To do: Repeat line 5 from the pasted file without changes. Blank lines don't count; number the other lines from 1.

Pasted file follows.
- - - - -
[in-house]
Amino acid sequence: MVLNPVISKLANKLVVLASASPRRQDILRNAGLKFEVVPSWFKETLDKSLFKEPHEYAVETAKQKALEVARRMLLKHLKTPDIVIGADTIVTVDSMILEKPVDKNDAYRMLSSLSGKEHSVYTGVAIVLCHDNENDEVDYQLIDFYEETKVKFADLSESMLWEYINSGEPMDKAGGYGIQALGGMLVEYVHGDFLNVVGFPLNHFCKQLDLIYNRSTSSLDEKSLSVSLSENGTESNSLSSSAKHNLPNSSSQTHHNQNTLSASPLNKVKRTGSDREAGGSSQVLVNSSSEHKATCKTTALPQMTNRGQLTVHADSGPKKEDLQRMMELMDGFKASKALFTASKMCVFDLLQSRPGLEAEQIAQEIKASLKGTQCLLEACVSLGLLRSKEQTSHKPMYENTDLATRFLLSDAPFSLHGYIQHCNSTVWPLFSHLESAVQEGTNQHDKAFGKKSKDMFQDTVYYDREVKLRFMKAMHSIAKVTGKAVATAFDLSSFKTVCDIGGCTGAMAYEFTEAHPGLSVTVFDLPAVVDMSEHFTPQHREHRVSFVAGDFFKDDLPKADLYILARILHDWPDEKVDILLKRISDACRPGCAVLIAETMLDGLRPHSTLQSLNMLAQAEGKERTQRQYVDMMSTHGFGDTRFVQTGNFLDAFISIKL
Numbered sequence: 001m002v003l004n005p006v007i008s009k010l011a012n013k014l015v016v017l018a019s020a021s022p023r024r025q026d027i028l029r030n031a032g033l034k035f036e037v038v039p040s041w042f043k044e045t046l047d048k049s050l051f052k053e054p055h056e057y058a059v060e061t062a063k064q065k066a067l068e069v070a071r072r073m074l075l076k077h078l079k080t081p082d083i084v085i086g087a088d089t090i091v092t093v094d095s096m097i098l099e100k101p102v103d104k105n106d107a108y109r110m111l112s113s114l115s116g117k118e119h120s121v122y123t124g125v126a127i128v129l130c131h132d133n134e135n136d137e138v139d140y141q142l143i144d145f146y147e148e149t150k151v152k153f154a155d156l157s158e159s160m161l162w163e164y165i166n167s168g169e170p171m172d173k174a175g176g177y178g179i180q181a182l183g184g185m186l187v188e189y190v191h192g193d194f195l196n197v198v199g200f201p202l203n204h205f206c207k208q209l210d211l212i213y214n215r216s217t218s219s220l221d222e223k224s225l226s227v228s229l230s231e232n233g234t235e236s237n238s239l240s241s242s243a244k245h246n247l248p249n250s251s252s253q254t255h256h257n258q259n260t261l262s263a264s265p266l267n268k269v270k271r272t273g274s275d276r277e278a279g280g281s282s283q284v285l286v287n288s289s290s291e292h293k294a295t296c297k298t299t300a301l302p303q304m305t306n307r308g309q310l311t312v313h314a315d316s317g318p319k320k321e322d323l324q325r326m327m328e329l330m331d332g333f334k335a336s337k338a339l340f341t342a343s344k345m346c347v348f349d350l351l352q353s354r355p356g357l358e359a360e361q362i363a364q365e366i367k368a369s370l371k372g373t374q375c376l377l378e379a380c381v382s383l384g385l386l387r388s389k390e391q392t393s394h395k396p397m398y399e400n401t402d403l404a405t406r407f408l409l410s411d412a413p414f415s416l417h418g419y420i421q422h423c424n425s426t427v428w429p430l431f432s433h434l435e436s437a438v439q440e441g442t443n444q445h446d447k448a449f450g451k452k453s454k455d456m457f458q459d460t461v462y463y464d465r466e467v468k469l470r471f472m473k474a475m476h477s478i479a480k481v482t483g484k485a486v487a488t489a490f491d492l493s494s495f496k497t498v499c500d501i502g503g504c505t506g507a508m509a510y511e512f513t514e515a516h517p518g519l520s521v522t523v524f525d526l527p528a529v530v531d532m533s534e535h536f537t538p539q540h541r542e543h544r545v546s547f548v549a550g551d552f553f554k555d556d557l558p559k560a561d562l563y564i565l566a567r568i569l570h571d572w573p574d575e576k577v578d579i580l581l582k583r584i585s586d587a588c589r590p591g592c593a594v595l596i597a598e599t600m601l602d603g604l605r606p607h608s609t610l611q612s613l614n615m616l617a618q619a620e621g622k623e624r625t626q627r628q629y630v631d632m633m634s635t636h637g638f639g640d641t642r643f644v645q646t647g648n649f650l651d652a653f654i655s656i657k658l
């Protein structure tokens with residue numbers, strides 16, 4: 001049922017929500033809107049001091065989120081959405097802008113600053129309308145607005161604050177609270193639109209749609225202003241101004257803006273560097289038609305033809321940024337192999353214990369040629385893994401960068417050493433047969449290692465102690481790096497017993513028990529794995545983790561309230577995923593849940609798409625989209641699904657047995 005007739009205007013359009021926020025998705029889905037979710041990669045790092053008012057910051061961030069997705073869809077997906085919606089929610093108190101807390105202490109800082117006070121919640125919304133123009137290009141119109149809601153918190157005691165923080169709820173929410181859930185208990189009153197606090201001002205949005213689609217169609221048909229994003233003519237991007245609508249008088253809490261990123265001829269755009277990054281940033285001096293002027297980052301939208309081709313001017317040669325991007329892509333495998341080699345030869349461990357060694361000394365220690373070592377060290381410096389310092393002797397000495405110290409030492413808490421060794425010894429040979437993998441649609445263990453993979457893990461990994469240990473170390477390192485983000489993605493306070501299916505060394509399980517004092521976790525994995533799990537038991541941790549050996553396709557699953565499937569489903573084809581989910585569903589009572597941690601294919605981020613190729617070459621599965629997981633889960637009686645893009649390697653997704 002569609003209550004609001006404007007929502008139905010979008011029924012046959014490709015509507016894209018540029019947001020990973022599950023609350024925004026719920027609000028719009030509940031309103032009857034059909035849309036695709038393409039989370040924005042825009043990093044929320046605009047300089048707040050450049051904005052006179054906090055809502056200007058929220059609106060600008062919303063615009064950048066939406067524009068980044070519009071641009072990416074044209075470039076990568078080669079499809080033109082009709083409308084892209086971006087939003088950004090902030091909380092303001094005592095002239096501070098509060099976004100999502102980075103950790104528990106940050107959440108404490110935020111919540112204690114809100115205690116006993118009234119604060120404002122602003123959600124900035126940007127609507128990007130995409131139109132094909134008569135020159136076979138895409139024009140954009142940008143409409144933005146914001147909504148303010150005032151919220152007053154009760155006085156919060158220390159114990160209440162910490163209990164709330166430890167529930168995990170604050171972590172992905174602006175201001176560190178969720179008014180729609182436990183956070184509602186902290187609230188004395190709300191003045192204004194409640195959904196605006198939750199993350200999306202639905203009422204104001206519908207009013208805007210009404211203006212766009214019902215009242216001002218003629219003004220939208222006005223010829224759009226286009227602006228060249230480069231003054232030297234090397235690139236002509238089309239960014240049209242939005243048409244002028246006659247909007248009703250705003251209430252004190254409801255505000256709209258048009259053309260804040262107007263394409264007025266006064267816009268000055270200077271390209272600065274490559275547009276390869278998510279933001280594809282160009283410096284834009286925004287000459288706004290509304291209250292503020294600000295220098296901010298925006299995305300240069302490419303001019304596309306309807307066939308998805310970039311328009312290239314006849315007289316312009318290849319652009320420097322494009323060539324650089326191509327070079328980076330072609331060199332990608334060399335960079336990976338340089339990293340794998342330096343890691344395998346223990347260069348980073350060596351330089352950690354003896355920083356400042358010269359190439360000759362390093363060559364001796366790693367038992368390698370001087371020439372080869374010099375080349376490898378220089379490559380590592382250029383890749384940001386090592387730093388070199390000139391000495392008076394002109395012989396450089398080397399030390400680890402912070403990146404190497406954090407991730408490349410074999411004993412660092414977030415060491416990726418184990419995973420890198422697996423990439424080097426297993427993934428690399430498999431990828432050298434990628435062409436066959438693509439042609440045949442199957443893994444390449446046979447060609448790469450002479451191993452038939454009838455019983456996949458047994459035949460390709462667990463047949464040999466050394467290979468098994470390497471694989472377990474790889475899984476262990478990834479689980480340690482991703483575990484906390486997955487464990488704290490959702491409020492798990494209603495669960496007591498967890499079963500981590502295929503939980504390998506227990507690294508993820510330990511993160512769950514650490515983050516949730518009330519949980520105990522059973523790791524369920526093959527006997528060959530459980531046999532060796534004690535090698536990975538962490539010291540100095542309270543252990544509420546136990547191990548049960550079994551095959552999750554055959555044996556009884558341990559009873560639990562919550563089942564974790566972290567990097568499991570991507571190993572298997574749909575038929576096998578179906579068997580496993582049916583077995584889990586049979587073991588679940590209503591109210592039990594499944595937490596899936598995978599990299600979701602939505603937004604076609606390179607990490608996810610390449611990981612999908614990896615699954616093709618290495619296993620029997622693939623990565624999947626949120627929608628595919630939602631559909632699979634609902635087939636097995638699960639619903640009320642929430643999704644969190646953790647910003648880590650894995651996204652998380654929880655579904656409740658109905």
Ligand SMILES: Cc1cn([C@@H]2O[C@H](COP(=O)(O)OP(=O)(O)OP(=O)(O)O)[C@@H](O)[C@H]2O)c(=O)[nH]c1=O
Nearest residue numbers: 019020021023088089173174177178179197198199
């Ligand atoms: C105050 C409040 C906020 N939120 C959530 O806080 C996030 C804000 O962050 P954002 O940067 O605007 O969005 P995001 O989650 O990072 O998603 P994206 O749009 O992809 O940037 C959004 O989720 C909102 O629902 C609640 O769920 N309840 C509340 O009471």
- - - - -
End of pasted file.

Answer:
Ligand SMILES: Cc1cn([C@@H]2O[C@H](COP(=O)(O)OP(=O)(O)OP(=O)(O)O)[C@@H](O)[C@H]2O)c(=O)[nH]c1=O